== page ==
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THE FIRST FIVE BOOKS.
THE TWENTY-FIRST AND TWENTY-SECOND
CHIEFLY FROM THE TEXT OF ALSCHEFSKI.
ENGLISH NOTES FOR SCHOOLS AND COLLEGES.
BY J. L. LINCOLN,
PROFESSOR OF LATIN IN BROWN UNIVERSITY.
WITH AN ACCOMPANYING PLAN OF ROME, AND A MAP OF THE
PASSAGE OF HANNIBAL.
EIGHTEENTH EDITION, REVISED.
D. APPLETON & CO., 443 & 445 BROADWAY.
ENTERED, according to Act of Congress, in the year 1847, by
In the Clerk's Office of the District Court of the United States for the Sorthern District of New York.
THE present edition of a part of the History of Livy, has been undertaken with the hope of supplying a deficiency, which has been for some time experienced by teachers and students in American colleges. The work now in common use, prepared by Mr. Folsom, tnough containing a copious and judicious selection of passages, and exhibiting, especially in its mechanical execution, the well-known taste and accuracy of its editor, yet, from the extreme paucity of the notes, is generally believed to be scarcely suited to the purpose for which it was intended.
In regard to the principle of selection in the present volume, it has been the object of the editor to furnish, in the extracts from the first Five Books, those passages in the writings of Livy which best illustrate the poetic character of the early Roman history; and, by giving the Twenty-first and the Twenty-second Books entire, to present, in connection, a portion of authentic history, which yields to none in the entire work in point of, interest and excellence. These extracts provide, it is believed, an amount of reading in Livy sufficient, for the
purposes of instruction in our colleges; and it was deemed inexpedient to increase unnecessarily the size of the volume.
The text is chiefly that of Alschefski; whose excellent edition,* not yet completed, is understood to mark a new era in the history of the text of Livy, and, in the judgment of distinguished European scholars, will unquestionably attain and long hold the rank of the standard critical edition of Livy. Wherever other readings have been preferred to those of Alschefski, the reasons for the preference are usually given in the Notes.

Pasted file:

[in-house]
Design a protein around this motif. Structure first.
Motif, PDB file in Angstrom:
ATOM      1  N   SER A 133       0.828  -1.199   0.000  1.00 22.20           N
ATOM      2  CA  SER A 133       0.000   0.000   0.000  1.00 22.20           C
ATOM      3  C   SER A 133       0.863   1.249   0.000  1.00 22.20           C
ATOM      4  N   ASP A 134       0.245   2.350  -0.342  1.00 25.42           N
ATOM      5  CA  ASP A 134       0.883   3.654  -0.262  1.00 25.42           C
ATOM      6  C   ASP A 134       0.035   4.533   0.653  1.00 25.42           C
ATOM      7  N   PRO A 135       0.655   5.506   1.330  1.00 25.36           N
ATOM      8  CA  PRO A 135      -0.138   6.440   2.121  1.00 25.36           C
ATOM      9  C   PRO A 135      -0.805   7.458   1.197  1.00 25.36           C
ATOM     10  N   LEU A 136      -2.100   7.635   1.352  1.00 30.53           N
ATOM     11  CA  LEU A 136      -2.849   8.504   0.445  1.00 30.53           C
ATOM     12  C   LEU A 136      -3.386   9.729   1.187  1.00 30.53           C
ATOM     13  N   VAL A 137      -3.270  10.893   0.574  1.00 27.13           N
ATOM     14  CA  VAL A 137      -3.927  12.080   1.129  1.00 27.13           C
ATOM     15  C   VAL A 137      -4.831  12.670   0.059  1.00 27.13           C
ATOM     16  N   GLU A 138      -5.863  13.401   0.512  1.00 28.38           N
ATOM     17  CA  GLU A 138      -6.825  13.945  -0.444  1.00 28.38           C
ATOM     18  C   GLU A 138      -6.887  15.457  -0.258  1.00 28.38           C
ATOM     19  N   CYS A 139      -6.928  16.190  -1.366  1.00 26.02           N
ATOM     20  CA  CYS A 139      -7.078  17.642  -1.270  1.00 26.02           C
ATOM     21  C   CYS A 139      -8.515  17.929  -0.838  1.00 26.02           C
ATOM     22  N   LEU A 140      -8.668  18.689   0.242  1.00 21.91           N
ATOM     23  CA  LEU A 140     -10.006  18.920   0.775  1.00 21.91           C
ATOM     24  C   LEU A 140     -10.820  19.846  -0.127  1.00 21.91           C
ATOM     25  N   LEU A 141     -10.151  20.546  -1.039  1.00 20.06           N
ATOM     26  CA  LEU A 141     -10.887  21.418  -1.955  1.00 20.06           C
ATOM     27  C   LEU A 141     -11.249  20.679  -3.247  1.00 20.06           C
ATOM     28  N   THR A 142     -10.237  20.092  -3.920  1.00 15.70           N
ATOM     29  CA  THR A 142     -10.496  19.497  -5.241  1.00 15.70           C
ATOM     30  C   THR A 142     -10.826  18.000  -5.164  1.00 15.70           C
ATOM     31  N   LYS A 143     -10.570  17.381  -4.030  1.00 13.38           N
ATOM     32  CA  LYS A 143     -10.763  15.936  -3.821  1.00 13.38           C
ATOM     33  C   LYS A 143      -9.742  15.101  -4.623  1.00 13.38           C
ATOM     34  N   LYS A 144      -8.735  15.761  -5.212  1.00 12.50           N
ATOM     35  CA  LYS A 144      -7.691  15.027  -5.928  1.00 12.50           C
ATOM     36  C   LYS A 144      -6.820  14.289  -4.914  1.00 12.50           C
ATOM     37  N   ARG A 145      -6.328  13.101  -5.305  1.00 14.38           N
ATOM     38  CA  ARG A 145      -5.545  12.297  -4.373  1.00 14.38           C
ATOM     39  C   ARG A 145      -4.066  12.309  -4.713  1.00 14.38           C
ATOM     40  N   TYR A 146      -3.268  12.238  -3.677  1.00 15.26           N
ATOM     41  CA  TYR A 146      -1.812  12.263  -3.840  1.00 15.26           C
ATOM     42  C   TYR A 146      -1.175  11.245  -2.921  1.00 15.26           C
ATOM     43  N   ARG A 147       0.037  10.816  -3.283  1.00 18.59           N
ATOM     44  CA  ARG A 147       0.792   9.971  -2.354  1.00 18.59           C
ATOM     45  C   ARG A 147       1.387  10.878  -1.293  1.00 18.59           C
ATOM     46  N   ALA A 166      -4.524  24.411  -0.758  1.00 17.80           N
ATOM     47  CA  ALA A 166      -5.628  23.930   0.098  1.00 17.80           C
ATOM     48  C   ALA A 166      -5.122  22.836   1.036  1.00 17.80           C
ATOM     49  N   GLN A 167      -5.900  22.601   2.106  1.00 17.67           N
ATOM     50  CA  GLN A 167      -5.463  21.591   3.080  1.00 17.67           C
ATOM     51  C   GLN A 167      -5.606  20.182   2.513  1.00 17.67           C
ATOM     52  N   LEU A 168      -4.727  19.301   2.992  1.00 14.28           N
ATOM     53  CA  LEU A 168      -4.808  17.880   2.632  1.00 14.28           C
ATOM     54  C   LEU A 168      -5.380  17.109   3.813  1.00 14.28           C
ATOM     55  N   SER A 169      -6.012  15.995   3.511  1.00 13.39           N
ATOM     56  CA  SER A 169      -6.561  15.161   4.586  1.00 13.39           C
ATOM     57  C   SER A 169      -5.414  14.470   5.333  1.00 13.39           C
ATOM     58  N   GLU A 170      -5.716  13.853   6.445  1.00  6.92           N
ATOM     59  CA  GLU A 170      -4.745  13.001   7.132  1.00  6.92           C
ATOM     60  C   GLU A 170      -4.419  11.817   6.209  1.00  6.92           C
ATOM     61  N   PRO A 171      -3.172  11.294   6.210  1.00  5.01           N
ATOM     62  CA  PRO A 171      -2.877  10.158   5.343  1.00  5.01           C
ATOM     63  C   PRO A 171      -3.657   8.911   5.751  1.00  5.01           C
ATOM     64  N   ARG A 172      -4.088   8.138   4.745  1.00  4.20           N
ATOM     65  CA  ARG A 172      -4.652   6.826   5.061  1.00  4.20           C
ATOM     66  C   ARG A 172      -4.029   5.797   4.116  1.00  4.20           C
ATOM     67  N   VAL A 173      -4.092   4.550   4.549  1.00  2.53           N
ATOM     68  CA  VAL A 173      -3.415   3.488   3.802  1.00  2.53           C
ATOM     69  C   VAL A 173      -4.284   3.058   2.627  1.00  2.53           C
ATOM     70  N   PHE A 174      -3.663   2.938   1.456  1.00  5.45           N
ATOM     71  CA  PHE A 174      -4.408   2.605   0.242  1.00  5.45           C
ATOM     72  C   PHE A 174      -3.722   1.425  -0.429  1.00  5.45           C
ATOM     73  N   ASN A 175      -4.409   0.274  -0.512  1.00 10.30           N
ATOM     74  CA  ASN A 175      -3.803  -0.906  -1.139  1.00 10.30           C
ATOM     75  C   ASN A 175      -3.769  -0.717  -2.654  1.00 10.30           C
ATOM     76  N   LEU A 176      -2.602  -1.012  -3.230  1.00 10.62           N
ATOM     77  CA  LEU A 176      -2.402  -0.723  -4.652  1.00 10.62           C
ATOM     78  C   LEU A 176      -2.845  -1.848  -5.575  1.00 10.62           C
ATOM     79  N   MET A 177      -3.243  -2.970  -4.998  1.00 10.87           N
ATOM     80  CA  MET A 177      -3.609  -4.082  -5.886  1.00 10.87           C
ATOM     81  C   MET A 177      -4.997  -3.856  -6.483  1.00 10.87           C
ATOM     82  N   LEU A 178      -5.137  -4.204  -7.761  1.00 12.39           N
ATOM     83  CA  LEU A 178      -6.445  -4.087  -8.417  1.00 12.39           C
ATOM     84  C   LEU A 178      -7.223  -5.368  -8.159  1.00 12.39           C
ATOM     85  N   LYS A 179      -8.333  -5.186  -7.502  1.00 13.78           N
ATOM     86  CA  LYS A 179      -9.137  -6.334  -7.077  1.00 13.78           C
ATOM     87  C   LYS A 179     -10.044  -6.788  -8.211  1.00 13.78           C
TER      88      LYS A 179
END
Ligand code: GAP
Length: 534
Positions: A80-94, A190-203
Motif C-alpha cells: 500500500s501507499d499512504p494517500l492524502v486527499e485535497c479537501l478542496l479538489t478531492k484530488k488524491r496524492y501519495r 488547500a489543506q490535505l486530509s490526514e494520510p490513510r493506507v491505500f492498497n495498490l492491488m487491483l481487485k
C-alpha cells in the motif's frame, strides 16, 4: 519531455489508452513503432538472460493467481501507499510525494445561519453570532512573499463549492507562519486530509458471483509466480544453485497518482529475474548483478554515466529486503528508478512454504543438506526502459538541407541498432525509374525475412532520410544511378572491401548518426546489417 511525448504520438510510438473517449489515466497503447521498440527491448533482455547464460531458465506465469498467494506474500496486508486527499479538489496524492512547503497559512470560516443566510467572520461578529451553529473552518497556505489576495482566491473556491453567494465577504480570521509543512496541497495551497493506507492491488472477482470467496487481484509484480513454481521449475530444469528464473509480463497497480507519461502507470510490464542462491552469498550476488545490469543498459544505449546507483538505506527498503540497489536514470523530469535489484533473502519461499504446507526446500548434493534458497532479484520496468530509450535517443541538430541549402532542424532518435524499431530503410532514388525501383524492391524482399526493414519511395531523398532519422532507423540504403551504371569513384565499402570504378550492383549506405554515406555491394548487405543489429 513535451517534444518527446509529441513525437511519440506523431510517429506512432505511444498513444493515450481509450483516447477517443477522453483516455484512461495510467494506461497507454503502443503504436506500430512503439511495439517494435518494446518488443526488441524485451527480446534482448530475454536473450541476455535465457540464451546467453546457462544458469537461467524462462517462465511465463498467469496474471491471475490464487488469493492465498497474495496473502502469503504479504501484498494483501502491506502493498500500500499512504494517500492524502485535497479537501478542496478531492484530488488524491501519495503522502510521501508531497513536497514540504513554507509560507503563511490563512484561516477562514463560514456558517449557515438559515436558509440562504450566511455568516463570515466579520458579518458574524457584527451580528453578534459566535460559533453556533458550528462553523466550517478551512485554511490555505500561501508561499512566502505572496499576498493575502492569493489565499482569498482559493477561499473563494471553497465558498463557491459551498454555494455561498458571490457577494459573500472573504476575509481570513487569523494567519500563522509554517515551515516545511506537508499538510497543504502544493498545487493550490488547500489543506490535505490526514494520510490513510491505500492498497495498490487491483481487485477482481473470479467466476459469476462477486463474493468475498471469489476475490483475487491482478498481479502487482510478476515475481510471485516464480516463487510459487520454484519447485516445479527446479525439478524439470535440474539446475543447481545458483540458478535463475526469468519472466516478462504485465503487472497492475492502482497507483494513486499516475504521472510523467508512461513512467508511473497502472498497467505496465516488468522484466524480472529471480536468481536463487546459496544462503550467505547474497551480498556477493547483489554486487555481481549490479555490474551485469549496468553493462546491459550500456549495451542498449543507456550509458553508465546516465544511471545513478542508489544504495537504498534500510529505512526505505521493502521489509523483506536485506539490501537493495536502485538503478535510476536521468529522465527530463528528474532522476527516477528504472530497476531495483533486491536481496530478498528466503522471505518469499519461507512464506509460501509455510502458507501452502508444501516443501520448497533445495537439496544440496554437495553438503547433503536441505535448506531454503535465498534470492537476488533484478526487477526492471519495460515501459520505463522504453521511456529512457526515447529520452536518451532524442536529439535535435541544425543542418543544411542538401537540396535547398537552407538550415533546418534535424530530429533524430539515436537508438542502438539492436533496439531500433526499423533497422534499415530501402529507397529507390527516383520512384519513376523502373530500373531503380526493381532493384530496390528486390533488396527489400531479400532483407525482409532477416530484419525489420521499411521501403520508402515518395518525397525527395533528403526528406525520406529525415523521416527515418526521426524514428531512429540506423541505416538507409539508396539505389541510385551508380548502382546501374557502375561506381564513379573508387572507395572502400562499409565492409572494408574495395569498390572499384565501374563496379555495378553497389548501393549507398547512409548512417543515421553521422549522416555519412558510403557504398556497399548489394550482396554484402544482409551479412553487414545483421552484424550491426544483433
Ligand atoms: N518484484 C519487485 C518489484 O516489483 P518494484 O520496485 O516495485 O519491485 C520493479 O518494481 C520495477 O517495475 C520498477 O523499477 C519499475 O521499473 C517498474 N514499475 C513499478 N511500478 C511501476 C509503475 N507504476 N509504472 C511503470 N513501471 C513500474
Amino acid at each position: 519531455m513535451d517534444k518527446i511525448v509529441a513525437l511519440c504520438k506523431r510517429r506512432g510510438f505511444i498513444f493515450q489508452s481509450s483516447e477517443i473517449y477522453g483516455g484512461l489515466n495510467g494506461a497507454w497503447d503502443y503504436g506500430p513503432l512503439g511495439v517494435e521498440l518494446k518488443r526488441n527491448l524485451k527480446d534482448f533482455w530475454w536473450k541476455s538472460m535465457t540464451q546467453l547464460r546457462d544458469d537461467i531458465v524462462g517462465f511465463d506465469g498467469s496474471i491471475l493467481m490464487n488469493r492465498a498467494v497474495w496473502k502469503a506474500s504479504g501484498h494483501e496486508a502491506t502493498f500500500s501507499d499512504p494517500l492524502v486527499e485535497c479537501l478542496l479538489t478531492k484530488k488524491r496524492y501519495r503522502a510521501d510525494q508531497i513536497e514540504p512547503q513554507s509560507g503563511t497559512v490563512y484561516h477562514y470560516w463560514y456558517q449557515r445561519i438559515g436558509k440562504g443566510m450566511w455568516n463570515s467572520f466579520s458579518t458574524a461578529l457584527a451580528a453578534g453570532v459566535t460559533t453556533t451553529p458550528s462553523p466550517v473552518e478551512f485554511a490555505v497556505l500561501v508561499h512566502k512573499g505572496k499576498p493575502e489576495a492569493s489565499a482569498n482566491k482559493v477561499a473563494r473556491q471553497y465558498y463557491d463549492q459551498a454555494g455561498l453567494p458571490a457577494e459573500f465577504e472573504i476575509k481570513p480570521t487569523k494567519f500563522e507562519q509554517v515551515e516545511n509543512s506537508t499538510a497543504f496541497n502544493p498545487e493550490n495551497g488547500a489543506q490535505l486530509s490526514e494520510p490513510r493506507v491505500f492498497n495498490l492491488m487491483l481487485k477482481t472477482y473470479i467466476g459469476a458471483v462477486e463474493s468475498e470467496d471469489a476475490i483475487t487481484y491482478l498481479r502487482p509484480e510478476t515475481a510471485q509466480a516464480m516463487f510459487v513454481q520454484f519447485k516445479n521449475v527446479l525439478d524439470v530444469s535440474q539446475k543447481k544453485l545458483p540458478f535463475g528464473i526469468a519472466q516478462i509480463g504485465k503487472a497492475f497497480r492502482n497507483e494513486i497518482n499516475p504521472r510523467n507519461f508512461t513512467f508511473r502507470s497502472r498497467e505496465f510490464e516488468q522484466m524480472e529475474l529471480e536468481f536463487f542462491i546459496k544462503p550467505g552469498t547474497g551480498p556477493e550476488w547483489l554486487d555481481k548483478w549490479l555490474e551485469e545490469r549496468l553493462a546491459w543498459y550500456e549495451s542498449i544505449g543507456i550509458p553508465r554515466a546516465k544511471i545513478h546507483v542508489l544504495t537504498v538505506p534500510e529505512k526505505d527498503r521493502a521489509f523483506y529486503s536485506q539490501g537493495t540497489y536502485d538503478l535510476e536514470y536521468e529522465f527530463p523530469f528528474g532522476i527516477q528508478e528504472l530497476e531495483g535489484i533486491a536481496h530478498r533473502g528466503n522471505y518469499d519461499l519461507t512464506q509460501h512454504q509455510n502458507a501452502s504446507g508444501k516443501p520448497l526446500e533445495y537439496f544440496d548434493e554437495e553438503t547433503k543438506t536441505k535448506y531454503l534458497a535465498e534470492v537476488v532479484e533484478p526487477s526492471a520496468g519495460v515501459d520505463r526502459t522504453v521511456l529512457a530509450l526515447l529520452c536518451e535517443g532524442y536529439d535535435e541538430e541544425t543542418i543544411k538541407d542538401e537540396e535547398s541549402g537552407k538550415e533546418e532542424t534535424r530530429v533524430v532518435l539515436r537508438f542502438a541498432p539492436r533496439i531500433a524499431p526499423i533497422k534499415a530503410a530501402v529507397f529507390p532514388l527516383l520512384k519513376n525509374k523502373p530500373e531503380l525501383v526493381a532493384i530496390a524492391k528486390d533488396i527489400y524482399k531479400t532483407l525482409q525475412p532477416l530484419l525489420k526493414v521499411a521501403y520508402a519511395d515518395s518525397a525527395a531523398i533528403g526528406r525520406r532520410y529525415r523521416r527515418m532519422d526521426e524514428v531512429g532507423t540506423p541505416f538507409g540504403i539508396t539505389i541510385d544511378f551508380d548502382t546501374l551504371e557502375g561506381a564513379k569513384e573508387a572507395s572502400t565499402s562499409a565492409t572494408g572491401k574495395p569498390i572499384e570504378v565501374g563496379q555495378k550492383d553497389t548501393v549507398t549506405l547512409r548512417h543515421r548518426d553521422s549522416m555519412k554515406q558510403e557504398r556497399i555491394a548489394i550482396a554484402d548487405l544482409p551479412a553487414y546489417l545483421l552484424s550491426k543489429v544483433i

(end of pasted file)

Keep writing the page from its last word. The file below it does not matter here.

The Notes have been prepared with chief reference to the grammatical study of the language; to the illustration of its forms, constructions, idioms, of its usages in general, and in particular, of the usage of Livy. Wherever it was possible, it has been thought best, simply to furnish apt references to such grammars and auxiliary works as were supposed to be in the hands of the student; but important difficulties, which required more ample means of investigation and study, have been more fully discussed and explained. It is hoped that the Notes will be also found to embrace all necessary information relating to history, geography, and antiqui ties, together with useful references to such standard works as are accessible to the student. A list of such works as are commonly referred to, may be found on the page immediately preceding the Notes. It has
* Titi Livii Rerum Romanarum ab urbe condita libri ad codicum manu scriptorum fidem emendati ab C. F. S. Alschefski, Vol. i. ii., primæ decadis part. prior. et part. alteram cont. 8 maj., Berolini, 1841, 43. Dümmler Vol. iii. Libros Livianos, xxi. xxii. xxiii., cont. 8 maj. ibid. 1846.—With the same title. Ps. i.-iv. (Schul-Ausgabe) 8 maj. ibid. 1843.
been the aim of the editor to furnish such ́assistance in the Notes as is needful to facilitate the progress of the diligent student; but above all things to avoid giving that pernicious help, whether in the form of indiscriminate translation, or of unnecessary explanation, which precludes all effort on the part of the pupil, and cripples his mental energies, by fostering habits of dependence and inaction.
The editions which have been consulted, besides Drakenborch's, have been those of Crevier, Ruperti, Bekker and Raschig, Twiss, Dymock by W. M. Gunn, Fabri, and Alschefski. In the preparation of the notes upon the Twenty-first and Twenty-second Books, the editor has been greatly indebted to the excellent edition of Fabri and the larger edition of Alschefski; but in the remainder, he is not aware that he has derived important aid from previous editions. In all cases he has aimed to acknowledge whatever direct assistance he has gained from the labors of others.
The Geographical Index has been partly translated from the edition of Fabri, and partly prepared from general sources. The Index to the Notes has been made with much care, and it is hoped, will be found useful.
The Plan of Rome, which accompanies the volume, has been taken from Professor W. A. Becker's recent work on Roman Antiquities; an account of the Map will be found on the page which faces it.
The Editor avails himself of this occasion to acknowledge his obligations to his friends who have encouraged